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IMPLEMENTATION AND ANALYSIS OF DIRECTIONAL DISCRETE COSINE TRANSFORM IN


H.264 FOR BASELINE PROFILE


by


SHREYANKA SUBBARAYAPPA


Presented to the Faculty of the Graduate School of

The University of Texas at Arlington in Partial Fulfillment

of the Requirements

for the Degree of


MASTER OF SCIENCE IN ELECTRICAL ENGINEERING


THE UNIVERSITY OF TEXAS AT ARLINGTON

May 2012


Copyright © by Shreyanka Subbarayappa 2012

All Rights Reserved


ACKNOWLEDGEMENTS


Firstly, I would thank my advisor Prof. K. R. Rao for his valuable guidance and support, and his tireless guidance, dedication to his students and maintaining new trend in the research areas has inspired me a lot without which this thesis would not have been possible.


I also like to thank the other members of my advisory committee Prof. W. Alan Davis and Prof. Kambiz Alavi for reviewing the thesis document and offering insightful comments.


I appreciate all members of Multimedia Processing Lab, Tejas Sathe, Priyadarshini and Darshan Alagud for their support during my research work. I would also like to thank my friends Adarsh Keshavamurthy, Babu Hemanth Kumar, Raksha, Kirthi, Spoorthi, Premalatha, Sadaf, Tanaya, Karthik, Pooja, and my Intel manager Sumeet Kaur who kept me going through the trying times of my Masters.


Finally, I am grateful to my family; my father Prof. H Subbarayappa, my mother Ms. Anasuya Subbarayappa, my sister Dr. Priyanka Subbarayappa, my brother-in-law Dr. Manju Jayram and my sweet little nephew Dishanth for their support, patience, and encouragement during my graduate journey.


April 16, 2012

ABSTRACT



IMPLEMENTATION AND ANALYSIS OF DIRECTIONAL DISCRETE COSINE TRANSFORM

IN H.264 FOR BASELINE PROFILE


Shreyanka Subbarayappa, M.S


The University of Texas at Arlington, 2012


Supervising Professor: K.R.Rao

H.264/AVC [1] is a video coding standard that has a wide range of applications ranging from high-end professional camera and editing systems to low-end mobile applications. They strive to achieve maximum compression efficiency without compromising the quality of video. To this end many coding tools are defined in the coder. Transform coding is one among them. Transform Coding represents the signal/image (that is currently in time/spatial domain) in another domain (transform domain), where most of the energy of the signal/image is concentrated in a fewer number of coefficients. Thus the insignificant coefficients can be discarded after transform coding to achieve compression. In images/videos, the DCT-II [2][3] (which represents a signal/image as the weighted sum of cosine functions with different frequencies) is primarily used for transform coding [2].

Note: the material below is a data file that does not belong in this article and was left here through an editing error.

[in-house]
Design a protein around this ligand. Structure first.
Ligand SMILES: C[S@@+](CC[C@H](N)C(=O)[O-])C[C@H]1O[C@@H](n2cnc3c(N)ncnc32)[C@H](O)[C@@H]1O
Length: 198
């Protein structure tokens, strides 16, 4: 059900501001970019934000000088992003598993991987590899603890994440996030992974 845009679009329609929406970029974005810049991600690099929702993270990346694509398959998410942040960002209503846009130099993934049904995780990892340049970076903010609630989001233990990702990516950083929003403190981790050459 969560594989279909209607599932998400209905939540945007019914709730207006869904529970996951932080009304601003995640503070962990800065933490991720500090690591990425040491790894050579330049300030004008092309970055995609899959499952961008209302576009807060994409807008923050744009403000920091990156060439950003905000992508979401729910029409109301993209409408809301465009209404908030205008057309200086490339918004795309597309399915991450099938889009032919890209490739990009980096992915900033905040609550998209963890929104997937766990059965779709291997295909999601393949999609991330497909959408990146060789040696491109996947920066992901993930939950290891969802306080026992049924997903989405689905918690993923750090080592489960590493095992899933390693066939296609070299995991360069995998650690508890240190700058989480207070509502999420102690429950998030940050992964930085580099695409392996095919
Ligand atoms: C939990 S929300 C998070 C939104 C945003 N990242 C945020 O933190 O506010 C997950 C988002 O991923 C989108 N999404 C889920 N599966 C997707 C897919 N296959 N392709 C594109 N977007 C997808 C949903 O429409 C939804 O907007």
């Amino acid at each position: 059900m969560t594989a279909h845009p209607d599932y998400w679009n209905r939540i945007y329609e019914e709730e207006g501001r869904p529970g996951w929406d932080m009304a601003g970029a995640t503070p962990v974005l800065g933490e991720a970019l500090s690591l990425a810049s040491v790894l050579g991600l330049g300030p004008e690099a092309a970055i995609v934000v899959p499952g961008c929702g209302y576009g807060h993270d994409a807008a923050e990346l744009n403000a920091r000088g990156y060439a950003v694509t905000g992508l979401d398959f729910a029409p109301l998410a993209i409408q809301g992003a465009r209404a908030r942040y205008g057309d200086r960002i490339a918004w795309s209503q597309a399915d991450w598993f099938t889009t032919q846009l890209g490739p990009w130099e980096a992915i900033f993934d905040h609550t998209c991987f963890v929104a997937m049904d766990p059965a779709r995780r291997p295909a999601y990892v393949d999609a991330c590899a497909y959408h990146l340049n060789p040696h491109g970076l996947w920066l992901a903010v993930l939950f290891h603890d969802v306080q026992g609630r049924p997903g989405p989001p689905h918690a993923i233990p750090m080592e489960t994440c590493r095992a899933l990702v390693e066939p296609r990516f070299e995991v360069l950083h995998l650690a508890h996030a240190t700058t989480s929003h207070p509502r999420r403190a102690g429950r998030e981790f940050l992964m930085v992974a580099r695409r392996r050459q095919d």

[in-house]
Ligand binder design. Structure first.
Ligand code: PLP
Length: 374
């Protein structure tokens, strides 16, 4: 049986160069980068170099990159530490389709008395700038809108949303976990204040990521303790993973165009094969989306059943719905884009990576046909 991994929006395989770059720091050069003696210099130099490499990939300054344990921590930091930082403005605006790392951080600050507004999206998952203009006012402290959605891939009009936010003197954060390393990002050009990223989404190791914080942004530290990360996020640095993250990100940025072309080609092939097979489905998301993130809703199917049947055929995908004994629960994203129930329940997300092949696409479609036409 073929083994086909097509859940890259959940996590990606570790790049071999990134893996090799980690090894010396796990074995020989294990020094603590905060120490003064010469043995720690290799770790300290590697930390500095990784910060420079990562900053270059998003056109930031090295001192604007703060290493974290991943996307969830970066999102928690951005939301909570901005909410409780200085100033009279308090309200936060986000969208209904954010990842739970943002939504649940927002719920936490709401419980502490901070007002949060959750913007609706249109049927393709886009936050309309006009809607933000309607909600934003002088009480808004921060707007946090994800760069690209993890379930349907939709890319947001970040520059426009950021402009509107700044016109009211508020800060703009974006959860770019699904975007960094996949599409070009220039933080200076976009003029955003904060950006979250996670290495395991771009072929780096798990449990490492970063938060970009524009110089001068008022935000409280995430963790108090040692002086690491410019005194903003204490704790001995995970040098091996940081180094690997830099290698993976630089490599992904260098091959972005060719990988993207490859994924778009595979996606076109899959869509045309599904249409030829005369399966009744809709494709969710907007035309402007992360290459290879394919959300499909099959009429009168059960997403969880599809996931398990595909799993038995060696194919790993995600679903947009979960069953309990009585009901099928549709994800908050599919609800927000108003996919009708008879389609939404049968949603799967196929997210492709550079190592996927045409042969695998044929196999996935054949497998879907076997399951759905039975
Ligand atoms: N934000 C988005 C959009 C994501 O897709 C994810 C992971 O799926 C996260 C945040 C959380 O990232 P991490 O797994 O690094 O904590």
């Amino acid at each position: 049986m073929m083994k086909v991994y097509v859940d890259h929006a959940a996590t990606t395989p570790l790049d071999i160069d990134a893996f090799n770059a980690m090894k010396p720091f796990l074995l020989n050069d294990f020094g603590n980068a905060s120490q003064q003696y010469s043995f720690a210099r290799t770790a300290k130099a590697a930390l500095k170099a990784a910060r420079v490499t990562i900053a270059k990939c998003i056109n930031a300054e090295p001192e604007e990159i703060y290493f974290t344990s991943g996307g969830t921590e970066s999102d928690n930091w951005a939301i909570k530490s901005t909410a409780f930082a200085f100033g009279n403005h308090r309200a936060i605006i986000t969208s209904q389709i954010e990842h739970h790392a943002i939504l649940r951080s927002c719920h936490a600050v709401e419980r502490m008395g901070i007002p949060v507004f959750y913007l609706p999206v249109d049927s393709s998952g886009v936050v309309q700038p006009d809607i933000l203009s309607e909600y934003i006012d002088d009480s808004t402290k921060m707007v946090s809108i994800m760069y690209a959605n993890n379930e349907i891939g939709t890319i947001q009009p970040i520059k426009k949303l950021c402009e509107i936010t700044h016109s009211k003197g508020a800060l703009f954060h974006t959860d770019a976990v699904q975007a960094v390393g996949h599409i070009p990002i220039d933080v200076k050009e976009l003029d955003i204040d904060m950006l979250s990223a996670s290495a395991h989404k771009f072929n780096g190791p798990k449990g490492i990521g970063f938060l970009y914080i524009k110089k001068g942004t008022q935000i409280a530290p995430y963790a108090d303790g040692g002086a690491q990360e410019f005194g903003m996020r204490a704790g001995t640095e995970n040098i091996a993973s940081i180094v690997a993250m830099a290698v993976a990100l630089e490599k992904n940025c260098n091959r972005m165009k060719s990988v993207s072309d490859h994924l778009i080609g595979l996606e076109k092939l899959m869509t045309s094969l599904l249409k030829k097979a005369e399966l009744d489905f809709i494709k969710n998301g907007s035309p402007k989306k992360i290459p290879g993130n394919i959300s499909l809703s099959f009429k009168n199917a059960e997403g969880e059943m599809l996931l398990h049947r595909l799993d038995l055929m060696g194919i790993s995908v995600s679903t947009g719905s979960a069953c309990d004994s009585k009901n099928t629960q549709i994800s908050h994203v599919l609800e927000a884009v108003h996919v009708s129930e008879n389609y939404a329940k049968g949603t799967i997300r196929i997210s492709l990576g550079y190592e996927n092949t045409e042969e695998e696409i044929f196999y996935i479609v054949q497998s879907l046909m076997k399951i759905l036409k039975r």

Nearly all block-based transform schemes for image and video coding developed so far choose the 2-D discrete cosine transform (DCT) [2] of a square block shape. With almost no exception, this conventional DCT is implemented separately through two 1-D transforms [2], one along the vertical direction and another along the horizontal direction. Developing a new

block based DCT framework is one in which the first transform may choose to follow a direction other than the vertical or horizontal one (directional one) and the second transform chooses the horizontal one. The coefficients produced by all the directional transforms in the first step are arranged appropriately so that the second transform can be applied to the coefficients that are best aligned with one another. Compared with the conventional DCT, the resulting directional DCT [4] framework is able to provide a better coding performance for image blocks that contain directional edges—a popular scenario in many image signals. By choosing the best from all directional DCTs (including the conventional DCT as a special case) for each image block, the rate distortion coding performance can be improved remarkably.